- Associated Press - Wednesday, December 30, 2015

SEATTLE (AP) - A baby orca that washed up dead on the west coast of Vancouver Island, British Columbia, appeared to have an infection, but an examination has not revealed an obvious cause of death, an official with Fisheries and Oceans Canada said Wednesday.

Scientists also must wait for DNA test results to conclude whether the orca found last week belonged to the endangered population of killer whales that frequents Puget Sound waters, said Paul Cottrell, a marine mammal coordinator with the Canadian agency.

The closely watched southern resident killer whales have experienced a baby boom, with eight new calves born in the past year, raising hopes for the population that now numbers 84.

It doesn’t appear that the orca is one of the Puget Sound killer whales based on a photograph of the animal’s eye patch, said Dave Ellifrit, a research associate with the Center for Whale Research on Friday Harbor. Each orca is identified by unique black and white markings near their eyes or variations in their fin shapes.

A surfer discovered the 340-pound female calf on Dec. 23 in a remote location near Barkley Sound, south of Ucluelet, Cottrell said. A necropsy was performed two days later after the orca was taken to Abbotsford.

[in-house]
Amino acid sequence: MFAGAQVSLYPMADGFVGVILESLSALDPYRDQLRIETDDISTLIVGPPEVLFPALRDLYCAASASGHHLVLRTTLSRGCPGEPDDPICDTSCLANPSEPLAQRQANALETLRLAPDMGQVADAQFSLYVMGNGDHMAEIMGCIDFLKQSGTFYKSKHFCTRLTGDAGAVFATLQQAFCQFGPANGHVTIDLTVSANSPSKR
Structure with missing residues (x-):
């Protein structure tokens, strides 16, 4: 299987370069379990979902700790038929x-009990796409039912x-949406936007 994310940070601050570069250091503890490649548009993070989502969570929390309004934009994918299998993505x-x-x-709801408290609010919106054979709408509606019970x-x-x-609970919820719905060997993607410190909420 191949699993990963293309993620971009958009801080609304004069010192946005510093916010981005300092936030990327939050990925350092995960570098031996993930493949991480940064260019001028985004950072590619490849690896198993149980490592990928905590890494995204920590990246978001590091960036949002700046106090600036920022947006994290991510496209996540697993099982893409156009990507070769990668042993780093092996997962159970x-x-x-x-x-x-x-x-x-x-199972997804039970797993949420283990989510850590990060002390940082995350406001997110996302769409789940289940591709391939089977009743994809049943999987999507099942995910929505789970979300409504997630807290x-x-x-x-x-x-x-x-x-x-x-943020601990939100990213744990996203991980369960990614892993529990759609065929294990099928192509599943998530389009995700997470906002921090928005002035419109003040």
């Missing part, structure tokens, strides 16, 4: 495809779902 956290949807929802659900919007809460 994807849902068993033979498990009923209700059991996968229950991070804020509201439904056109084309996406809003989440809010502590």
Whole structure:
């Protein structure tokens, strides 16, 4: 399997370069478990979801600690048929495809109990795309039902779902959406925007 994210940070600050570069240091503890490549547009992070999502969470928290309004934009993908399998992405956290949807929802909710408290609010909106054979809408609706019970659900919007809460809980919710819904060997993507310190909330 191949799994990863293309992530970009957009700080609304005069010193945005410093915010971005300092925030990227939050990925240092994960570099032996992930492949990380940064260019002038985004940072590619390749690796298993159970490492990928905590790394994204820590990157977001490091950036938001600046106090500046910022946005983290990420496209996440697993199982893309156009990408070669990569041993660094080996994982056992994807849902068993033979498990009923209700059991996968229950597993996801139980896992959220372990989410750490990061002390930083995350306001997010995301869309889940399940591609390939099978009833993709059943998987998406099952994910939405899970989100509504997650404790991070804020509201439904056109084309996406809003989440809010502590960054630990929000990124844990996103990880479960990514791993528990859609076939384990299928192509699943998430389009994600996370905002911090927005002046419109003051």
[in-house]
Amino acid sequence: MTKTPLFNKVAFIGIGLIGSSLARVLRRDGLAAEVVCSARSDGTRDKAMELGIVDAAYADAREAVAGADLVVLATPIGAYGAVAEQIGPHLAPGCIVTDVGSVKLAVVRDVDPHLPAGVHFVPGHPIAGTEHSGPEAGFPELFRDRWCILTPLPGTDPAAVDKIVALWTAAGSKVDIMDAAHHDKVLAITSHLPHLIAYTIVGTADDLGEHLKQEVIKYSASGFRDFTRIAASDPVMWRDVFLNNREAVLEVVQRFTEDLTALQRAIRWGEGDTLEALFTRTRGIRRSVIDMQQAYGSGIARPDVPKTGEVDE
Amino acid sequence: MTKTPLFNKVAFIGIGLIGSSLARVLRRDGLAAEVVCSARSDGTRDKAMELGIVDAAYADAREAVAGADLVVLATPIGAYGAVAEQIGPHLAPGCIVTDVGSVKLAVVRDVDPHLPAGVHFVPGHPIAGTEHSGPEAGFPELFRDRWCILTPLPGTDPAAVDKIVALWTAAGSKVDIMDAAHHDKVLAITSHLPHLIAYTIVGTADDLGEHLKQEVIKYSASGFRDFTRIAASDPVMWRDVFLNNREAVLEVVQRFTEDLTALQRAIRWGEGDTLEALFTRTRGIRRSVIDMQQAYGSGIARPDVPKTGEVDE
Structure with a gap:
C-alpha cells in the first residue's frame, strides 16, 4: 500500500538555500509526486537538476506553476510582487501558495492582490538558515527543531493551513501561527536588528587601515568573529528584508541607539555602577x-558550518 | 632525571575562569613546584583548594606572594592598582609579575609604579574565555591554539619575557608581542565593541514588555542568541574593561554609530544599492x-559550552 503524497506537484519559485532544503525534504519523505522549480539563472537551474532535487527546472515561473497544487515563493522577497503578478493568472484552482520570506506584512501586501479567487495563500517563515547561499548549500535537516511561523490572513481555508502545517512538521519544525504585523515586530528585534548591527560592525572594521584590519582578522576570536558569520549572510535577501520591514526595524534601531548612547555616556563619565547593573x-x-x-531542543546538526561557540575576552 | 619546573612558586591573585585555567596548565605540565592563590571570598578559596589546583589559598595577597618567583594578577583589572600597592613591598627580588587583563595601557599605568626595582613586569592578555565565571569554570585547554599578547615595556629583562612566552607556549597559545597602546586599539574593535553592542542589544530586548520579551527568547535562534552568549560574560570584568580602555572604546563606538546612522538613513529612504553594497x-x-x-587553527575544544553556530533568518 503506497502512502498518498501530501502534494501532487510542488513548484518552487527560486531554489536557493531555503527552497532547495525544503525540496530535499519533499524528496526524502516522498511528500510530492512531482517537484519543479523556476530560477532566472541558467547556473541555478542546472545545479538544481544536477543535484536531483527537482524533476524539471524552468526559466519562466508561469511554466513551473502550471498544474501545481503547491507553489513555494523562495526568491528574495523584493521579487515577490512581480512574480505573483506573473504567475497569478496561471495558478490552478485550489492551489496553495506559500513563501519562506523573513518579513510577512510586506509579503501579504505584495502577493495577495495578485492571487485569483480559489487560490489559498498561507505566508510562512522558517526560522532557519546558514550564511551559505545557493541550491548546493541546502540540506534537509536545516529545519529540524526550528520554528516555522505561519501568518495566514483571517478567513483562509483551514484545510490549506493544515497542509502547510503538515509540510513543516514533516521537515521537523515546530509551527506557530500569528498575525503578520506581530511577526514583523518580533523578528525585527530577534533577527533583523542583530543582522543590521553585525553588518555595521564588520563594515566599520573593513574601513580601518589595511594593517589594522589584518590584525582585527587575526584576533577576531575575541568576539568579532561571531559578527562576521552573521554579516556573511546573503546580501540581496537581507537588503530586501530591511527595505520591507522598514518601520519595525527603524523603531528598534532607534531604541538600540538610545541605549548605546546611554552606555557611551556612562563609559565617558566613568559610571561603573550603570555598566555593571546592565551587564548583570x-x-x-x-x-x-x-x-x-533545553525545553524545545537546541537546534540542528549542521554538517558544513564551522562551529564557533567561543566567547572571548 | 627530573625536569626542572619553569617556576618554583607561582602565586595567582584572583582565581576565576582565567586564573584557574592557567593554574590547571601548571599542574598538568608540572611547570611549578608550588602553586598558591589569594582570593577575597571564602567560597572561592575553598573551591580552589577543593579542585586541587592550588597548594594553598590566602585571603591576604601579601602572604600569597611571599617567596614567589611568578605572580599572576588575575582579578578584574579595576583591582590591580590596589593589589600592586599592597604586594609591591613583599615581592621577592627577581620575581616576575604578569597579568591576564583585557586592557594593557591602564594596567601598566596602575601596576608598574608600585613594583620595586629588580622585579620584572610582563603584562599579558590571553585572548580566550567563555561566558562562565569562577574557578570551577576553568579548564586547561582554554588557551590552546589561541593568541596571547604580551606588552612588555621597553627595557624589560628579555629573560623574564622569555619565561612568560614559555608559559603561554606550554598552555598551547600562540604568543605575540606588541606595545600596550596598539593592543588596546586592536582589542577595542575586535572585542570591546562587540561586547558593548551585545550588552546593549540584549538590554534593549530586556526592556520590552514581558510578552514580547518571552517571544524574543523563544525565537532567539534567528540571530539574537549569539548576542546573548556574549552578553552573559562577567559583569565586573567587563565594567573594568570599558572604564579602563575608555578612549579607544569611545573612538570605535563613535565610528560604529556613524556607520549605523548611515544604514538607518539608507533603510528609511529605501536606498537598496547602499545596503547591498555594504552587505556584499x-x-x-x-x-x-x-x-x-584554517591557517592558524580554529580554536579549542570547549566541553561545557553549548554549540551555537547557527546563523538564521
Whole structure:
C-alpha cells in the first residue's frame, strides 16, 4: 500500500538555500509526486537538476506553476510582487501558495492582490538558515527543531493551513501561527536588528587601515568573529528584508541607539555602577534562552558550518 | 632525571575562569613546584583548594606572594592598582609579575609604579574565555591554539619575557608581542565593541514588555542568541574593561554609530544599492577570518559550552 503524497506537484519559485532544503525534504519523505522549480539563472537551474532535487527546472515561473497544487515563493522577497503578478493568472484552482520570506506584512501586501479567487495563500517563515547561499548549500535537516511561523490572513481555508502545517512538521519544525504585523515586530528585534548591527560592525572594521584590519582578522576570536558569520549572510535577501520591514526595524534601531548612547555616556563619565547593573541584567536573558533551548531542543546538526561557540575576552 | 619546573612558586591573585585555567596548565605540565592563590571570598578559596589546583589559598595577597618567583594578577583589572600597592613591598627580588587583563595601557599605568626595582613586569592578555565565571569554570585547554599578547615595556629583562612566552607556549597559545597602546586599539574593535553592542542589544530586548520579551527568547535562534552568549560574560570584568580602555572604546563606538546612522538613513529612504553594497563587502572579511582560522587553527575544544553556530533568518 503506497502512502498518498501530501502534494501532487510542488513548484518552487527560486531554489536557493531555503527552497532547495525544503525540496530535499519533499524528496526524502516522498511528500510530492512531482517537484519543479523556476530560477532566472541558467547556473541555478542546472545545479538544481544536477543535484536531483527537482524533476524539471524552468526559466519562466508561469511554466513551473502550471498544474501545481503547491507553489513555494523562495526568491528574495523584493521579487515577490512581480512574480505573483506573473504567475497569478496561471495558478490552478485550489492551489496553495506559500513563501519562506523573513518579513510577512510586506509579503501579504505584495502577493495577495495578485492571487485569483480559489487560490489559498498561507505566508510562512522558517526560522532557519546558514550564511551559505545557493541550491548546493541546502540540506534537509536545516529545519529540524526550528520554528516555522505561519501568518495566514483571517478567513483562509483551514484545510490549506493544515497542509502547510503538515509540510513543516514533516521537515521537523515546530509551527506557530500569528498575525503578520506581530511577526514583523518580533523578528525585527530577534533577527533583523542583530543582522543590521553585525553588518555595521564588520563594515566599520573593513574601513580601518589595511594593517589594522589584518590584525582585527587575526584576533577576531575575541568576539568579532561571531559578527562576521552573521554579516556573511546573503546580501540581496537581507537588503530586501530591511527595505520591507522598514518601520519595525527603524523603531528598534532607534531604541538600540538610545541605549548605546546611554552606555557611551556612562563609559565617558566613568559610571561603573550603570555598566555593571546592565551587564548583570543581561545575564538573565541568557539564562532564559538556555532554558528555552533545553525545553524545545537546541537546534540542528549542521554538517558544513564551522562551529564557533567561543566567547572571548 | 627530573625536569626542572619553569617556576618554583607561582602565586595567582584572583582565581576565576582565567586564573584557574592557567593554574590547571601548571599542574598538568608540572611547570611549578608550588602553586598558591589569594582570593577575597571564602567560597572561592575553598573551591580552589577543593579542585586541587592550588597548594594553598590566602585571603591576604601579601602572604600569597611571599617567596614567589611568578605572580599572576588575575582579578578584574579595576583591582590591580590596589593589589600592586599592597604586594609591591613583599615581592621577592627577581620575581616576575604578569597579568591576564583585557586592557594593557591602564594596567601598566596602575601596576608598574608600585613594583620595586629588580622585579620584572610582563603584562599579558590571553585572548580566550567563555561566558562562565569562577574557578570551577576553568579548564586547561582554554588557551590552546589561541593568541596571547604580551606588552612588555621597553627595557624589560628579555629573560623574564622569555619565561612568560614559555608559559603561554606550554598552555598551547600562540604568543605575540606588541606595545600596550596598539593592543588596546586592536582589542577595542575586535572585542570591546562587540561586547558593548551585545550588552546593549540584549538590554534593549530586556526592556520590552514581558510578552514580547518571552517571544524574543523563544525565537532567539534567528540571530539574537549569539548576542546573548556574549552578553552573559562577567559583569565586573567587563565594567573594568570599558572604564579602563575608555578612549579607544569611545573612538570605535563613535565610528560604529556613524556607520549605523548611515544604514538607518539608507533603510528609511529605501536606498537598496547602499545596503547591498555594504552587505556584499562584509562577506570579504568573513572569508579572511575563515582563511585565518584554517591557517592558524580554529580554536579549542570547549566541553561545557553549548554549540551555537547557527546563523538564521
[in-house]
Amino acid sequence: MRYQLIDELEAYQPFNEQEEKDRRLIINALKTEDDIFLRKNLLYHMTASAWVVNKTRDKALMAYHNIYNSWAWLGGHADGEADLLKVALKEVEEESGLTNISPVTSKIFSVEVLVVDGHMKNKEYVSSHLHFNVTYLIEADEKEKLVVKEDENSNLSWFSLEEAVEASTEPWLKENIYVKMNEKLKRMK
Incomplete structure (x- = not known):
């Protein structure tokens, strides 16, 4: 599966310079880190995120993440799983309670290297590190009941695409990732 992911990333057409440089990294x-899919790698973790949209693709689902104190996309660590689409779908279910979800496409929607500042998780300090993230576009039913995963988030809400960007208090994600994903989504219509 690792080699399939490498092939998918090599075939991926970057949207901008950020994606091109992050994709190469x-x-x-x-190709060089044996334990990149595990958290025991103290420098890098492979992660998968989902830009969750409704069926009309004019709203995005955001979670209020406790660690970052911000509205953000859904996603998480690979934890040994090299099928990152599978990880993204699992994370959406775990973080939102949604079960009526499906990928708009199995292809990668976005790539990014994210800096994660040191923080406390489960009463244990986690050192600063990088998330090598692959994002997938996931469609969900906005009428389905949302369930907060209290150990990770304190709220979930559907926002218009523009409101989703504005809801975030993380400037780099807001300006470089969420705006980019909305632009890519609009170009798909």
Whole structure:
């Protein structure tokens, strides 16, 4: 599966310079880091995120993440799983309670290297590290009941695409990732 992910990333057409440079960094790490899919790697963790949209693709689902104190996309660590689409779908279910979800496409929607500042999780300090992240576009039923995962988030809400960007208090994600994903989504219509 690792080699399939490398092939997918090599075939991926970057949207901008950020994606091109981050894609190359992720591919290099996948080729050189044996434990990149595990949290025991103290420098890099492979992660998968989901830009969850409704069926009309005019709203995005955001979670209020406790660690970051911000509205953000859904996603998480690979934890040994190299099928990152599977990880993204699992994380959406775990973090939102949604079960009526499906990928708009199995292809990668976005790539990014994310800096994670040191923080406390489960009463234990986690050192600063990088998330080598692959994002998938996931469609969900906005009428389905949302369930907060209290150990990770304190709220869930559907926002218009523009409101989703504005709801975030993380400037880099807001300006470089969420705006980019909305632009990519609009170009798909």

The whale was just over 7 feet long and was “pretty beat up,” Cottrell said. It was at least a week old and could be several months old.

Tests on tissue samples could provide more answers about why the calf died, Cottrell said.

“It’s obviously a big deal, and we want to know what happened,” he said.

There were a lot of transient killer whales in the area, suggesting that it could be a transient orca, Cottrell said. DNA tests will determine what population to which the orca belonged.

Transient killer whales typically eat marine mammals and travel in smaller groups than Puget Sound orcas, which primarily eat salmon and live in complex family groups.??

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